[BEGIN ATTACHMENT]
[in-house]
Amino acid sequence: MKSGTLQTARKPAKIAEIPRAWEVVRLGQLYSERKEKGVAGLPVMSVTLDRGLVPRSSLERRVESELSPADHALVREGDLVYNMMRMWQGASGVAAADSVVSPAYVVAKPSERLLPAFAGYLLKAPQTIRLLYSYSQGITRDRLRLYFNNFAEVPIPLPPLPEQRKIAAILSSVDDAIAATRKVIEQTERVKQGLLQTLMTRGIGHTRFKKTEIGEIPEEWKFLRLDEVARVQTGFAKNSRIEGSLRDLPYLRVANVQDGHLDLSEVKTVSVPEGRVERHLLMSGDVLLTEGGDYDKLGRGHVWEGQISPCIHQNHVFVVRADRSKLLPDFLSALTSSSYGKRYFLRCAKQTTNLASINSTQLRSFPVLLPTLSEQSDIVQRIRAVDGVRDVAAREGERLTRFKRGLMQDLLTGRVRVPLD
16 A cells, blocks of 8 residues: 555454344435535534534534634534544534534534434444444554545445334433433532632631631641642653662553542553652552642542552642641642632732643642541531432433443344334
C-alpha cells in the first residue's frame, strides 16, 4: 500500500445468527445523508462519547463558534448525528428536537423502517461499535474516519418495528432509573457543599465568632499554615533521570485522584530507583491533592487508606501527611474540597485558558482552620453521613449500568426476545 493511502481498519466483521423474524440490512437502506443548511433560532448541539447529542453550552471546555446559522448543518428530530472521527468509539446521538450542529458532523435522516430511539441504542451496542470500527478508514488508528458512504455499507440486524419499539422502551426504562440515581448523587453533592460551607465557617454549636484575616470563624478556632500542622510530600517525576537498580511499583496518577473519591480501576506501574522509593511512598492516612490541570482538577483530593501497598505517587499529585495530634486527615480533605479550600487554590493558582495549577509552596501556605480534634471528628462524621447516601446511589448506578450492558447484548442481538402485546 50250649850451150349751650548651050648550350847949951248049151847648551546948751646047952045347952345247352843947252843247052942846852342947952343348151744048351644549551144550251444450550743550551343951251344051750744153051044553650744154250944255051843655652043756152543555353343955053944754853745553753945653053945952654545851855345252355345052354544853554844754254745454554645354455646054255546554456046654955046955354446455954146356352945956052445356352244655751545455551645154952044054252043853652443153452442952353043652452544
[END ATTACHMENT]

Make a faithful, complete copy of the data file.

[in-house]
Amino acid sequence: MKSGTLQTARKPAKIAEIPRAWEVVRLGQLYSERKEKGVAGLPVMSVTLDRGLVPRSSLERRVESELSPADHALVREGDLVYNMMRMWQGASGVAAADSVVSPAYVVAKPSERLLPAFAGYLLKAPQTIRLLYSYSQGITRDRLRLYFNNFAEVPIPLPPLPEQRKIAAILSSVDDAIAATRKVIEQTERVKQGLLQTLMTRGIGHTRFKKTEIGEIPEEWKFLRLDEVARVQTGFAKNSRIEGSLRDLPYLRVANVQDGHLDLSEVKTVSVPEGRVERHLLMSGDVLLTEGGDYDKLGRGHVWEGQISPCIHQNHVFVVRADRSKLLPDFLSALTSSSYGKRYFLRCAKQTTNLASINSTQLRSFPVLLPTLSEQSDIVQRIRAVDGVRDVAAREGERLTRFKRGLMQDLLTGRVRVPLD
16 A cells, blocks of 8 residues: 555454344435535534534534634534544534534534434444444554545445334433433532632631631641642653662553542553652552642542552642641642632732643642541531432433443344334
C-alpha cells in the first residue's frame, strides 16, 4: 500500500445468527445523508462519547463558534448525528428536537423502517461499535474516519418495528432509573457543599465568632499554615533521570485522584530507583491533592487508606501527611474540597485558558482552620453521613449500568426476545 493511502481498519466483521423474524440490512437502506443548511433560532448541539447529542453550552471546555446559522448543518428530530472521527468509539446521538450542529458532523435522516430511539441504542451496542470500527478508514488508528458512504455499507440486524419499539422502551426504562440515581448523587453533592460551607465557617454549636484575616470563624478556632500542622510530600517525576537498580511499583496518577473519591480501576506501574522509593511512598492516612490541570482538577483530593501497598505517587499529585495530634486527615480533605479550600487554590493558582495549577509552596501556605480534634471528628462524621447516601446511589448506578450492558447484548442481538402485546 50250649850451150349751650548651050648550350847949951248049151847648551546948751646047952045347952345247352843947252843247052942846852342947952343348151744048351644549551144550251444450550743550551343951251344051750744153051044553650744154250944255051843655652043756152543555353343955053944754853745553753945653053945952654545851855345252355345052354544853554844754254745454554645354455646054255546554456046654955046955354446455954146356352945956052445356352244655751545455551645154952044054252043853652443153452442952353043652452544